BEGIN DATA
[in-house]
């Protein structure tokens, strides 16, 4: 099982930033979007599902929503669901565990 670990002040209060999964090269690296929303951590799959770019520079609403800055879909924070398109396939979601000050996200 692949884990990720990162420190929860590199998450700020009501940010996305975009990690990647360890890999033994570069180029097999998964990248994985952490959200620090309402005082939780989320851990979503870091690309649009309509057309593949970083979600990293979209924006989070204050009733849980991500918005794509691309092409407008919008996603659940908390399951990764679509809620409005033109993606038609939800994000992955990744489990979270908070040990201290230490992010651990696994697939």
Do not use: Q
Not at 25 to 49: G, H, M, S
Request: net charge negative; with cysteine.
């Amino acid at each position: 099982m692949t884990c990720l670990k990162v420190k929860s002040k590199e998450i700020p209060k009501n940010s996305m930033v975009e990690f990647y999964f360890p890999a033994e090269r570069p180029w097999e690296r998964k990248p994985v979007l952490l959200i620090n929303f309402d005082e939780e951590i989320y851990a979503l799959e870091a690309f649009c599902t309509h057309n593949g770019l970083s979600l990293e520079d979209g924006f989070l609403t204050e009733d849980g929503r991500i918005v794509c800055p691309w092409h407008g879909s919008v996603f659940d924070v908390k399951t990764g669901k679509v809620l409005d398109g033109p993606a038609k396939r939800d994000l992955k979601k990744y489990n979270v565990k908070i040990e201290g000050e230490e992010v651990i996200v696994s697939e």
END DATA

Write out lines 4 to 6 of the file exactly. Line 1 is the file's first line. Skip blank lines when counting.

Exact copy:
Not at 25 to 49: G, H, M, S
Request: net charge negative; with cysteine.
């Amino acid at each position: 099982m692949t884990c990720l670990k990162v420190k929860s002040k590199e998450i700020p209060k009501n940010s996305m930033v975009e990690f990647y999964f360890p890999a033994e090269r570069p180029w097999e690296r998964k990248p994985v979007l952490l959200i620090n929303f309402d005082e939780e951590i989320y851990a979503l799959e870091a690309f649009c599902t309509h057309n593949g770019l970083s979600l990293e520079d979209g924006f989070l609403t204050e009733d849980g929503r991500i918005v794509c800055p691309w092409h407008g879909s919008v996603f659940d924070v908390k399951t990764g669901k679509v809620l409005d398109g033109p993606a038609k396939r939800d994000l992955k979601k990744y489990n979270v565990k908070i040990e201290g000050e230490e992010v651990i996200v696994s697939e």